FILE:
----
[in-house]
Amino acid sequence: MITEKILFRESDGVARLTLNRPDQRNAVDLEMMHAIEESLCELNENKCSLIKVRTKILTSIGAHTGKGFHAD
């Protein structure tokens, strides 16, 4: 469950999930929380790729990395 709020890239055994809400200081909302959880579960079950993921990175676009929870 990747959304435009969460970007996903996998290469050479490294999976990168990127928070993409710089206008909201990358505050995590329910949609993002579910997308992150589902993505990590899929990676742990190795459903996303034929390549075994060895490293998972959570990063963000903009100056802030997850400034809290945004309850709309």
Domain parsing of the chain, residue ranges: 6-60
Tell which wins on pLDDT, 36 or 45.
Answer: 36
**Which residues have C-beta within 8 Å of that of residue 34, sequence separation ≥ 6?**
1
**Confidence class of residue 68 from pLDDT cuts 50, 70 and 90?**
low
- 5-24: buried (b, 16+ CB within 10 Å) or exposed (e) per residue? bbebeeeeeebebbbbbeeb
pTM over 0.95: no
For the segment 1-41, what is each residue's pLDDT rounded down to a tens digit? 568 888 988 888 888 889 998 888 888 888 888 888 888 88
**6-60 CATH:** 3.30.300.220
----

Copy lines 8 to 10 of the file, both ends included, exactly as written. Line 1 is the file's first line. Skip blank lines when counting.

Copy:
1
**Confidence class of residue 68 from pLDDT cuts 50, 70 and 90?**
low